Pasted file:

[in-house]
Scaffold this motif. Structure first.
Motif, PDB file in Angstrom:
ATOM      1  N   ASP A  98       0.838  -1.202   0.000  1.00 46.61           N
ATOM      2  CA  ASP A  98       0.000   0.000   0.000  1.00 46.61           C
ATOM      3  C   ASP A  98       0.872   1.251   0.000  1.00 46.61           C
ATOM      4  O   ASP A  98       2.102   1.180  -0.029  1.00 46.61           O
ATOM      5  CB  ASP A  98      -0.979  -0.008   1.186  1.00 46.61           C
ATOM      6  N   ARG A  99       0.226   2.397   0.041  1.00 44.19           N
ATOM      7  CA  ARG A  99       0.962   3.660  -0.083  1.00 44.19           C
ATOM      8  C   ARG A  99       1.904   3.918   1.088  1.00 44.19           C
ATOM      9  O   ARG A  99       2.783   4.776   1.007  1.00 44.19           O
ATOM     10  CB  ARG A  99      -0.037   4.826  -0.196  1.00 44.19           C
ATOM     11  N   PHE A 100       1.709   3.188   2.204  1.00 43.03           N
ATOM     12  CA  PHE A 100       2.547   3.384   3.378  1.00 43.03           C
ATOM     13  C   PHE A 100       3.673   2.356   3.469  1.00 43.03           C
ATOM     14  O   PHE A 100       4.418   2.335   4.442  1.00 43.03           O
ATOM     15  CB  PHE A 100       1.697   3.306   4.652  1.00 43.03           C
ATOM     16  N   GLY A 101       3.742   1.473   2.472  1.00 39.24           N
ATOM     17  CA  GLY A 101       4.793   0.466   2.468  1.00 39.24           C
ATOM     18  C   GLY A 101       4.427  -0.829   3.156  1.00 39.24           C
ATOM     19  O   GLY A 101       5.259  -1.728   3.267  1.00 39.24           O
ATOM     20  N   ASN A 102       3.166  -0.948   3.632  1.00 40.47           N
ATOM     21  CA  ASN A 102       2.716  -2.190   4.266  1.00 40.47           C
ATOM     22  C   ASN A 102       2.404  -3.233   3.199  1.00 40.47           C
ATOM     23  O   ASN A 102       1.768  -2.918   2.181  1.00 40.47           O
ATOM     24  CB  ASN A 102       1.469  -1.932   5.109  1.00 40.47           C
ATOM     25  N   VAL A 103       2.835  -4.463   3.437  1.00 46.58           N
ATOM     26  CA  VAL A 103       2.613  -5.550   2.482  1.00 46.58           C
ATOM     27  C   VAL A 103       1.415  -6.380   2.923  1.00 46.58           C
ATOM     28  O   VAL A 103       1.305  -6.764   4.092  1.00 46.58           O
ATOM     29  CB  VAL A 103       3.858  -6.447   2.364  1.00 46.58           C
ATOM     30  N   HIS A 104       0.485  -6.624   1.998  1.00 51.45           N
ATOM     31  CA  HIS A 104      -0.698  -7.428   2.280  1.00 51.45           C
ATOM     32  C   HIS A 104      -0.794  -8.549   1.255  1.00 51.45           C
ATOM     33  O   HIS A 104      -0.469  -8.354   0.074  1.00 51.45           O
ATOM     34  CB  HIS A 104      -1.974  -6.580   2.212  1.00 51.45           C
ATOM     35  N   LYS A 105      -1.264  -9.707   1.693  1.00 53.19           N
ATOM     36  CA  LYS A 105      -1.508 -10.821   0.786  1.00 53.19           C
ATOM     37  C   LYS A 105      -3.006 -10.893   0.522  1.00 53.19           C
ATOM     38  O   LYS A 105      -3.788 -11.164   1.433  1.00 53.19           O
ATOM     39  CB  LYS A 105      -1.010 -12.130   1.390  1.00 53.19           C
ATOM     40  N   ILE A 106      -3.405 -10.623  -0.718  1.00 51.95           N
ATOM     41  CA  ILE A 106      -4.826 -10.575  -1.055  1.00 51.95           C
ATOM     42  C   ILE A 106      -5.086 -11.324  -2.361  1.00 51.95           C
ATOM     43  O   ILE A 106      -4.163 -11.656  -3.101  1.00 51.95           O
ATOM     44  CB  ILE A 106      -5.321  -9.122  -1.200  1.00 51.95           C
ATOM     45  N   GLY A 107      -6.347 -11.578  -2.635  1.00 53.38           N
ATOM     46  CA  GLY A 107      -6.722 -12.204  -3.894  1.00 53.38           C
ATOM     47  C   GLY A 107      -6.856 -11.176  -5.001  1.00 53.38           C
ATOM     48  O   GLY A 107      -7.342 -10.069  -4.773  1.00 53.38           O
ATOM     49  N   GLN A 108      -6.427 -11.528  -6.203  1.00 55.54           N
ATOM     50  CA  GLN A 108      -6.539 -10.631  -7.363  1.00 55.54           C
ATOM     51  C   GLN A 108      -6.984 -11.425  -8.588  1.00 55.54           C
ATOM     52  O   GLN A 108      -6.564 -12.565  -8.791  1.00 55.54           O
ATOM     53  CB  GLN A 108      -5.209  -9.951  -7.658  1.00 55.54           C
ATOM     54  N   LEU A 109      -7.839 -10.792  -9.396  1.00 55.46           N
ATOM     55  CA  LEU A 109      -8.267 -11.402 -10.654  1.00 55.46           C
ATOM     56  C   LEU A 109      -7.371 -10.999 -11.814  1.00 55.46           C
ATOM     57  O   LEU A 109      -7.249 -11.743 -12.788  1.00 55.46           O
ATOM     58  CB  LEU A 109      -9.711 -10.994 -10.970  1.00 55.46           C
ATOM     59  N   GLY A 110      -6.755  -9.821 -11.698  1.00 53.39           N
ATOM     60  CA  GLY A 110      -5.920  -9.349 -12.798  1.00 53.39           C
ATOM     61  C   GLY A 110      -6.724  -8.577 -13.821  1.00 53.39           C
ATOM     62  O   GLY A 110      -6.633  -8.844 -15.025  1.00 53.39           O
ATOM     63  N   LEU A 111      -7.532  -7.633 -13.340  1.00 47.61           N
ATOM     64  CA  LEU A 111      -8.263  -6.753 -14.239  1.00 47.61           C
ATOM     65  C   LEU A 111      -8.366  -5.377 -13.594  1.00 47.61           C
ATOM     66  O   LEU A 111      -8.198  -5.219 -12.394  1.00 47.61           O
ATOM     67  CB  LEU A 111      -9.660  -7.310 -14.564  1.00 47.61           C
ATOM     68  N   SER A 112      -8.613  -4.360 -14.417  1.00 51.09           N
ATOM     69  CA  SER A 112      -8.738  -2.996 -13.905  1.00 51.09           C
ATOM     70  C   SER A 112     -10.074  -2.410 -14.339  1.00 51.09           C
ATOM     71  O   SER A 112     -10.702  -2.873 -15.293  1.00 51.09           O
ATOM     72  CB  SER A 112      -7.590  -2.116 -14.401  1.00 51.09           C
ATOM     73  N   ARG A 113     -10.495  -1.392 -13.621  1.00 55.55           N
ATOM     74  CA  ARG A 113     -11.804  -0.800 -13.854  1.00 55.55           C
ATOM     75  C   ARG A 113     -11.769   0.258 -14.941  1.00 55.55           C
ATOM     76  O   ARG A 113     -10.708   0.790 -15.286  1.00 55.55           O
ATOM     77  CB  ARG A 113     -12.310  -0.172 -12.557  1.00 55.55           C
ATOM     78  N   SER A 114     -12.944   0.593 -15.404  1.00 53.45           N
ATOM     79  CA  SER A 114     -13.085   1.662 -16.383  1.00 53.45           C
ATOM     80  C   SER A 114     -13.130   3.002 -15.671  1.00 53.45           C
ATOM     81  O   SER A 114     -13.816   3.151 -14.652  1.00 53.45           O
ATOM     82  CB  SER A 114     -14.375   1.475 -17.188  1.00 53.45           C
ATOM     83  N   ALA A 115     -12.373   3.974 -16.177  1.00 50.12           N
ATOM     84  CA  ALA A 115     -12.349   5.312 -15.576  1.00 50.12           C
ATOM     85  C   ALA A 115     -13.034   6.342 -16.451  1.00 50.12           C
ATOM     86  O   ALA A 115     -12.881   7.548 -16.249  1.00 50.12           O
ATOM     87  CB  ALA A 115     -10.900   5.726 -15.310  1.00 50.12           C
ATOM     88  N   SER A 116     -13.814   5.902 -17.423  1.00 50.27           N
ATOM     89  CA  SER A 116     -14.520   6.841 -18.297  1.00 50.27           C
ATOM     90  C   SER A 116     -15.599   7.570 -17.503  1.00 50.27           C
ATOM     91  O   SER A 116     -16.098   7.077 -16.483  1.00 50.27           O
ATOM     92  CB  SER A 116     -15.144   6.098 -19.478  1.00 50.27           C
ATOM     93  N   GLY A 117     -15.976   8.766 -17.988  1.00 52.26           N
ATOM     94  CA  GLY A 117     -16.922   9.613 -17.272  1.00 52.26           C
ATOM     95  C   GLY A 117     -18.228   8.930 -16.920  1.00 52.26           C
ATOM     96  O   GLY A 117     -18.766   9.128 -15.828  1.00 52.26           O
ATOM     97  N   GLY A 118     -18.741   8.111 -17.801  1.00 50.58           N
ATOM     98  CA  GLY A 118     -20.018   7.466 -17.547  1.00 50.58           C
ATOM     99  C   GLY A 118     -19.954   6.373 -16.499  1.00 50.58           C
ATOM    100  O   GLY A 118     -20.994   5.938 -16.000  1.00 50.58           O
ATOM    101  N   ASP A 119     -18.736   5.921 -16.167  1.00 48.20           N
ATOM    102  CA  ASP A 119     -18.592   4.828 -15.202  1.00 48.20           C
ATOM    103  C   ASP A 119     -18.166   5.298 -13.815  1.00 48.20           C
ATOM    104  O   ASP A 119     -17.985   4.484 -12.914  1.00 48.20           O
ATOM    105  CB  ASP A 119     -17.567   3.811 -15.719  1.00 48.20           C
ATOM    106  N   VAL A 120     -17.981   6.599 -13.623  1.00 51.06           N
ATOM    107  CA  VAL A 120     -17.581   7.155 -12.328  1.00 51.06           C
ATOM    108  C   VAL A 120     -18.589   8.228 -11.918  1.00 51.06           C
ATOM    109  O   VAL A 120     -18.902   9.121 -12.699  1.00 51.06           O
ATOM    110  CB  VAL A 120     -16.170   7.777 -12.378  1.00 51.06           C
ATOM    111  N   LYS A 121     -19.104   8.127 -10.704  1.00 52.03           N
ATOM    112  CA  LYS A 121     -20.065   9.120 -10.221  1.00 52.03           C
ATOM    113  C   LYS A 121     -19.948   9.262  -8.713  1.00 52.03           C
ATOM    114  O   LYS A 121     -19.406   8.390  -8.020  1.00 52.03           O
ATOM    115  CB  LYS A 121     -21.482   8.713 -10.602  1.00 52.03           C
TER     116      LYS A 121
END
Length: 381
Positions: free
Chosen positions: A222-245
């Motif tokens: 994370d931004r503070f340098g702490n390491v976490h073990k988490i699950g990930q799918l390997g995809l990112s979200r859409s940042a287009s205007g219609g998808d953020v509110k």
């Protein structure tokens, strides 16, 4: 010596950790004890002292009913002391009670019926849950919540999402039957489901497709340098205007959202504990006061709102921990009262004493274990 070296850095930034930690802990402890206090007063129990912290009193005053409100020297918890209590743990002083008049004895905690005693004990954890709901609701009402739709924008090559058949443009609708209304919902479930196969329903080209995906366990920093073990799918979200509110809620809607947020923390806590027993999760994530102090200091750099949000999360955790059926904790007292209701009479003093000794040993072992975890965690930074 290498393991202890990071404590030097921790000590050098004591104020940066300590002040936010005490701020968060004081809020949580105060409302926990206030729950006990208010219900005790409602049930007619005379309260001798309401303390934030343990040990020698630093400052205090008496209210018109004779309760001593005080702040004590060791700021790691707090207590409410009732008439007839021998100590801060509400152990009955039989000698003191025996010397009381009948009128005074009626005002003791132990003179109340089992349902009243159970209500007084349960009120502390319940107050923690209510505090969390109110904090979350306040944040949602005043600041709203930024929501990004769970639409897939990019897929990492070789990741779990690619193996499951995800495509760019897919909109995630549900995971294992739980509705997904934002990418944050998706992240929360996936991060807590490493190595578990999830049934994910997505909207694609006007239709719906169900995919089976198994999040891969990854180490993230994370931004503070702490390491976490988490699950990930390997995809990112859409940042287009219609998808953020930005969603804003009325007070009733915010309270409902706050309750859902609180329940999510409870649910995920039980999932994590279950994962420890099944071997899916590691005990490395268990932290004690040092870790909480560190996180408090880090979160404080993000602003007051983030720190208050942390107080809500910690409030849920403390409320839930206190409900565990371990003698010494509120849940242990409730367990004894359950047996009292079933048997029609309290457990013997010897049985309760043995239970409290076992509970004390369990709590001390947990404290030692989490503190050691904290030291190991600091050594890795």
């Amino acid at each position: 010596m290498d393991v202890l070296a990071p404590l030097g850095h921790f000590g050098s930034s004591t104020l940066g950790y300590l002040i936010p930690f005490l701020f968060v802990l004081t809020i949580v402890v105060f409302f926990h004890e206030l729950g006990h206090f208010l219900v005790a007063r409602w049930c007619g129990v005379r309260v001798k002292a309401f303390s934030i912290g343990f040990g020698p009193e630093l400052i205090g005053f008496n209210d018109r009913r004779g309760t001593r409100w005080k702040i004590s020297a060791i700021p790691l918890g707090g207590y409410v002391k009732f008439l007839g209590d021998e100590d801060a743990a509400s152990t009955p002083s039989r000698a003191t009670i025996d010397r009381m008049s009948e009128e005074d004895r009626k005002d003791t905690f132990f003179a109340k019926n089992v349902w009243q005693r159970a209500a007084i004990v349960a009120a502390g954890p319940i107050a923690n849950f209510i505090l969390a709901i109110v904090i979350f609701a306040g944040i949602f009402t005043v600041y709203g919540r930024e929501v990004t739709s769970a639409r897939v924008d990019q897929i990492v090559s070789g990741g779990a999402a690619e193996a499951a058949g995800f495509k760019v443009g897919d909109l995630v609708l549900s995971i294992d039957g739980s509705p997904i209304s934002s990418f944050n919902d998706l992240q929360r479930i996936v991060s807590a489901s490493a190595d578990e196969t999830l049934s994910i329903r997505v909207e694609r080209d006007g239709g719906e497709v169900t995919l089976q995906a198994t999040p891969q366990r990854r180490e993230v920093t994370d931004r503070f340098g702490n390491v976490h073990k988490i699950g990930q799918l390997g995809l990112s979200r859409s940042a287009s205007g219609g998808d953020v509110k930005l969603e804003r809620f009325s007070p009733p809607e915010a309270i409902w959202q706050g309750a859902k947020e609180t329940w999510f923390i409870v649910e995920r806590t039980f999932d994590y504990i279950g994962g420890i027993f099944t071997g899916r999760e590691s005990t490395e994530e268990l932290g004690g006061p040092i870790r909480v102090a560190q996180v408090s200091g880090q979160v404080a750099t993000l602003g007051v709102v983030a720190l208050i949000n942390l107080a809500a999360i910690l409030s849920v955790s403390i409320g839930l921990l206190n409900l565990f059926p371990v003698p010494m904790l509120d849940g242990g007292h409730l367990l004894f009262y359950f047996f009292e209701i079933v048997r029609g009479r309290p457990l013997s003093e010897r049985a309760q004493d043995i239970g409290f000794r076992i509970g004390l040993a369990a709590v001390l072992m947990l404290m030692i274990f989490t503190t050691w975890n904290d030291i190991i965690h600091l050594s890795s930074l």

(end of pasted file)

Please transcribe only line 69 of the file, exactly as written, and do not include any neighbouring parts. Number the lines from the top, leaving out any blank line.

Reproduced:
ATOM     66  O   LEU A 111      -8.198  -5.219 -12.394  1.00 47.61           O